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Does this sound familiar? You open your e-mail and find a scary message. It says a new virus is making the rounds. If you don't act quickly, your computer is dead!

The e-mail probably has a vague reference to a news story that appeared several months ago. It urges you to forward the message to everyone in your address book.

Don't bother. This is a hoax. By forwarding it, you're jamming other peoples' mailboxes and spreading panic.

Look at it this way: The companies that make anti-virus software attack viruses very quickly. So if there were a news report several months ago, the anti-virus companies would long since have developed an antidote. The idea that people on the Internet need to warn one another is laughable. Besides, the alleged virus doesn't even exist. Somebody just made it up. Why? I don't know; ask a sociologist.

A similar situation involves urban legends. For instance, you might get an e-mail about the annual "Internet Clean-Up Day." Search engines will scan the Internet, deleting any data they find, the e-mail says. It warns that you must disconnect from the Internet and stay off, or your data will be deleted. Again, it tells you to pass the message to everyone you know.

This, too, is a hoax. There is no such day. But how are you to know? When you get such a message, check a site devoted to unmasking hoaxes. Don't spread bad information. I like Hoaxbusters. Symantec has a virus hoax site, too. They're at:
http://hoaxbusters.ciac.org
http://www.symantec.com/avcenter/hoax.html
 

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Generally, my advice to those who seem to fall victim to these emails is:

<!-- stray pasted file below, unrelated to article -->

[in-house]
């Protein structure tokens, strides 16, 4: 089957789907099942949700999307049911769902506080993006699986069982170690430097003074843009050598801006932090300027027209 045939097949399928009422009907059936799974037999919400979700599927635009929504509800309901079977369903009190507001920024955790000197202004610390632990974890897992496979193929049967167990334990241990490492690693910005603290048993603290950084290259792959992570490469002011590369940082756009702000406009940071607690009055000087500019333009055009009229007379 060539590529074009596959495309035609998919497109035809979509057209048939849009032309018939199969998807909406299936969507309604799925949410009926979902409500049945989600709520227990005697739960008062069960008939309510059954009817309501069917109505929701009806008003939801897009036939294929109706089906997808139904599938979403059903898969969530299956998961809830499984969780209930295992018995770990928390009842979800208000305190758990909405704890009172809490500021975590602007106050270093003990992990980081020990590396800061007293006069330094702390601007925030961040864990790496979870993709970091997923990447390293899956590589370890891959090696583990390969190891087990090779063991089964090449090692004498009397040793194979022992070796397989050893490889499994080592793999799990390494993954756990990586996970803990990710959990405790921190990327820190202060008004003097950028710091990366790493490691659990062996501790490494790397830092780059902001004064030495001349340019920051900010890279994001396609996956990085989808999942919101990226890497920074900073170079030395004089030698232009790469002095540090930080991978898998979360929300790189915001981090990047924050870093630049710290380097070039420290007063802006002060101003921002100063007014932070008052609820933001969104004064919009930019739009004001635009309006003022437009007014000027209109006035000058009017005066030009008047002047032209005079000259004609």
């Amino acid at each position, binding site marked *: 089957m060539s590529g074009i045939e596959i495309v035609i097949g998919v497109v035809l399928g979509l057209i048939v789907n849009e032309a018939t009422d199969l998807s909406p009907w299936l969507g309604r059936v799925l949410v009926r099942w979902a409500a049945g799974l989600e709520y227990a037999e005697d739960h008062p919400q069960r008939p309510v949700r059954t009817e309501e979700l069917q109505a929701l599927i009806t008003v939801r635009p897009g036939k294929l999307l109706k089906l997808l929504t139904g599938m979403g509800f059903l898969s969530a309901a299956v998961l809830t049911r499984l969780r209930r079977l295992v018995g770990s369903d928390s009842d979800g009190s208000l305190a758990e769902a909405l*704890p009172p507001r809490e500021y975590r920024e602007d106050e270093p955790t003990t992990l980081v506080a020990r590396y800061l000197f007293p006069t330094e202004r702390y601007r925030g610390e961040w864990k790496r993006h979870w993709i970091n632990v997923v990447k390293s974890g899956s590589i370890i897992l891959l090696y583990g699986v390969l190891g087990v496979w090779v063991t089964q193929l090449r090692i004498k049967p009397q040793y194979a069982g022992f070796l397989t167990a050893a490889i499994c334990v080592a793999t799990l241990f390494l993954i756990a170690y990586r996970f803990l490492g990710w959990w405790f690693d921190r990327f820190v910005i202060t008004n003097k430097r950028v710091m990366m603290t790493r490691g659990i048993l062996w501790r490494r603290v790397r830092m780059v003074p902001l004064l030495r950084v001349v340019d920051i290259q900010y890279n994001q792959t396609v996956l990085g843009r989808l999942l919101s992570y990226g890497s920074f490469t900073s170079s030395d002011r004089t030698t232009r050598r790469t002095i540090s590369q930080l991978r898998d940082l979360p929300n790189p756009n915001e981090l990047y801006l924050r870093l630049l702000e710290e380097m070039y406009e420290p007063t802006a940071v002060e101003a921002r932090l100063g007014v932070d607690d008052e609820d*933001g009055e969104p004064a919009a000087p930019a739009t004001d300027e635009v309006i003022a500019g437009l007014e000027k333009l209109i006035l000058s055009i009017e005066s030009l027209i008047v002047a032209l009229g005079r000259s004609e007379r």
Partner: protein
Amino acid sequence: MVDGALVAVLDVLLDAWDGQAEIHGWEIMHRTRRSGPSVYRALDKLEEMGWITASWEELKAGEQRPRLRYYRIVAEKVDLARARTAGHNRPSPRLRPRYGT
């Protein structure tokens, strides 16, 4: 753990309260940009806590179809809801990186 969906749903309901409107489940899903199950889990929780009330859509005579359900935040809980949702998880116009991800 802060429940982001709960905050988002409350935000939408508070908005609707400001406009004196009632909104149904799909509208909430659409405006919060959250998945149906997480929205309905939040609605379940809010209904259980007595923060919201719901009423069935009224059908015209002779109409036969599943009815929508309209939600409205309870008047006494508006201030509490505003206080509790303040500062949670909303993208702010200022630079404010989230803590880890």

If an email asks you to forward it on to everyone you know, it's junk. NO company or individual will ever (or at least should ever) ask you to do such a thing.
 

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Here is another good hoax site: http://www.truthorfiction.com/

I refuse to call them "urban legends". That is much too nice a term for them and sounds too "official", lending credence to them. I prefer "bull$sit prectical jokes". Franca is right; any person that takes pleasure in other peoples' fear and suffering needs professional help! Thanks for the reminder Franca!
 

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I accidentaly got hoaxed a while back. I use hotmail to communicate with friends over the internet, and alot of times(more than any other chain) i get letters like

"HOTMAIL IS SHUTTING DOWN!!!"
they have 'authentic' sig's at the bottom. Ive sent that out before. Pretty pointless really. I realized two things

1- hotmail is a popular service BECAUSE they're free.
2- I didnt send it the 2nd, 3rd, etc times, nothing happened.
 
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